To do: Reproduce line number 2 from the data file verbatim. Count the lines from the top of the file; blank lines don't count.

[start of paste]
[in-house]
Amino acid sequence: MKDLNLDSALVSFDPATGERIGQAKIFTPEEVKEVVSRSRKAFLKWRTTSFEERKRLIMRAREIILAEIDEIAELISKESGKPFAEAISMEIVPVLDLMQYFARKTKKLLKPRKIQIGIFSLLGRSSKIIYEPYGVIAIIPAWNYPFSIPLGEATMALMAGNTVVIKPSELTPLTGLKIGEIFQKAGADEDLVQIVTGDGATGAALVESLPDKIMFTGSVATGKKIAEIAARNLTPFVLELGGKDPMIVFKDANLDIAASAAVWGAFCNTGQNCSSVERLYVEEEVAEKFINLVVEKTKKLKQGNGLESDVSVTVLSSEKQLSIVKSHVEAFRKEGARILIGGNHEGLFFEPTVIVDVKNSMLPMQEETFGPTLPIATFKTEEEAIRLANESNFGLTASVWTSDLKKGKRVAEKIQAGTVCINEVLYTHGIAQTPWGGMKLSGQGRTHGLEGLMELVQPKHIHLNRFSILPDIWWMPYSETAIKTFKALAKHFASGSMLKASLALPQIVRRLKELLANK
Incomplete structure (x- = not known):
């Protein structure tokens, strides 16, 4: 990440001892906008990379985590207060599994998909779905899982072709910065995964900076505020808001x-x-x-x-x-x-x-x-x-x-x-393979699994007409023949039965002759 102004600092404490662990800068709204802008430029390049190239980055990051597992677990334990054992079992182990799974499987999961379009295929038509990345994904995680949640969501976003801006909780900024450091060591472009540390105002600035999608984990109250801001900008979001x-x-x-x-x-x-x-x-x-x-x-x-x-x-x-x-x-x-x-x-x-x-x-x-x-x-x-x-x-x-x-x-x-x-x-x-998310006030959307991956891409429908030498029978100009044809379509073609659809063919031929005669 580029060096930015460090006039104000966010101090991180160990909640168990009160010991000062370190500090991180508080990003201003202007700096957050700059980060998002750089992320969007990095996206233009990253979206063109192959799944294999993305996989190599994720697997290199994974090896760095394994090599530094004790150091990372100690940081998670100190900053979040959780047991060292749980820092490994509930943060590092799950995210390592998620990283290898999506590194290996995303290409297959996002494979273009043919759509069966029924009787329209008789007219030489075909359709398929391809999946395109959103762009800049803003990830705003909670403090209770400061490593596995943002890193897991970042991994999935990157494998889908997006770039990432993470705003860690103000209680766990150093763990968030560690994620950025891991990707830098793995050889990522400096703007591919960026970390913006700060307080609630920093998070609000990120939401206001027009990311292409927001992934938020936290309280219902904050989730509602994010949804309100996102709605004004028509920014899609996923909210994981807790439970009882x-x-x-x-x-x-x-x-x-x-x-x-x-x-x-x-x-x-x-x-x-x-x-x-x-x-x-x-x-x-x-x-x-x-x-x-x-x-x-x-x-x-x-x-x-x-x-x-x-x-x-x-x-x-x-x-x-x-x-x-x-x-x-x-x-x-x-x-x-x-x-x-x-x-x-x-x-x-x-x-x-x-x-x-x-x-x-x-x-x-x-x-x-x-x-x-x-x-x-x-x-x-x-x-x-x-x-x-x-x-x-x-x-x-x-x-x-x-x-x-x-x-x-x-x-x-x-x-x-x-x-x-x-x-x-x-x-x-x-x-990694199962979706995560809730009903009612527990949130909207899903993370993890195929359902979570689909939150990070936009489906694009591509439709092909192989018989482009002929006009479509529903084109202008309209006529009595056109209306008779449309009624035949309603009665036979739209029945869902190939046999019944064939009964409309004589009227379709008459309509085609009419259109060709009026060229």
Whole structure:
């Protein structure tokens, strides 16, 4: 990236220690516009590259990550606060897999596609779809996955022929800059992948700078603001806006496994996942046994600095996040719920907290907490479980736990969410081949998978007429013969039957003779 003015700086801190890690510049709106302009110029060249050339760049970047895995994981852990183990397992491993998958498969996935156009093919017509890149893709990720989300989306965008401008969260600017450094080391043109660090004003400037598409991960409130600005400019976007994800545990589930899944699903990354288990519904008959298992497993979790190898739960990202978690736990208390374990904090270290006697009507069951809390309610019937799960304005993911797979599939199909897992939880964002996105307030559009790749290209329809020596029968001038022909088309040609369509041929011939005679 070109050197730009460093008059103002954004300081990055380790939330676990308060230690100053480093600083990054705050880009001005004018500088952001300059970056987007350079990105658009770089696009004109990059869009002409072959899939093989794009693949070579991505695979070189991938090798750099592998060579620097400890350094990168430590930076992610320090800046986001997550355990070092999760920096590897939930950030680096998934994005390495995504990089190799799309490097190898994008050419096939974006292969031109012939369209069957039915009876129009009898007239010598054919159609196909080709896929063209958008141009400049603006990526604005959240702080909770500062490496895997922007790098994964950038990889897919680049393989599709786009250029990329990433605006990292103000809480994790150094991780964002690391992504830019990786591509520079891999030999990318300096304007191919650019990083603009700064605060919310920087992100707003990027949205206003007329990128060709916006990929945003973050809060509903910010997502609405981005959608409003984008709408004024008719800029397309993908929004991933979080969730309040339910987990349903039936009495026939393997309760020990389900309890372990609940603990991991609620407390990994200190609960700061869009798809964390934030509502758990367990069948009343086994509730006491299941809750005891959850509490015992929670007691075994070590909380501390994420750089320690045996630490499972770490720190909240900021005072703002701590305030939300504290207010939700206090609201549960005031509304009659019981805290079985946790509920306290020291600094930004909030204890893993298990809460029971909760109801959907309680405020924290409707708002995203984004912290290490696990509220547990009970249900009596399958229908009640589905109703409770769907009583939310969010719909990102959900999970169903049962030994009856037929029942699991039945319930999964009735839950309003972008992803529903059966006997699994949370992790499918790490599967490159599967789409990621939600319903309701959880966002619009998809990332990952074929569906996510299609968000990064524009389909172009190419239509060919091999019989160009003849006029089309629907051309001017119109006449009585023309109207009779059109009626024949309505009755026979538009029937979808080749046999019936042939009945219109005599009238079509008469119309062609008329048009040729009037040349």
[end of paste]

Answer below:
Amino acid sequence: MKDLNLDSALVSFDPATGERIGQAKIFTPEEVKEVVSRSRKAFLKWRTTSFEERKRLIMRAREIILAEIDEIAELISKESGKPFAEAISMEIVPVLDLMQYFARKTKKLLKPRKIQIGIFSLLGRSSKIIYEPYGVIAIIPAWNYPFSIPLGEATMALMAGNTVVIKPSELTPLTGLKIGEIFQKAGADEDLVQIVTGDGATGAALVESLPDKIMFTGSVATGKKIAEIAARNLTPFVLELGGKDPMIVFKDANLDIAASAAVWGAFCNTGQNCSSVERLYVEEEVAEKFINLVVEKTKKLKQGNGLESDVSVTVLSSEKQLSIVKSHVEAFRKEGARILIGGNHEGLFFEPTVIVDVKNSMLPMQEETFGPTLPIATFKTEEEAIRLANESNFGLTASVWTSDLKKGKRVAEKIQAGTVCINEVLYTHGIAQTPWGGMKLSGQGRTHGLEGLMELVQPKHIHLNRFSILPDIWWMPYSETAIKTFKALAKHFASGSMLKASLALPQIVRRLKELLANK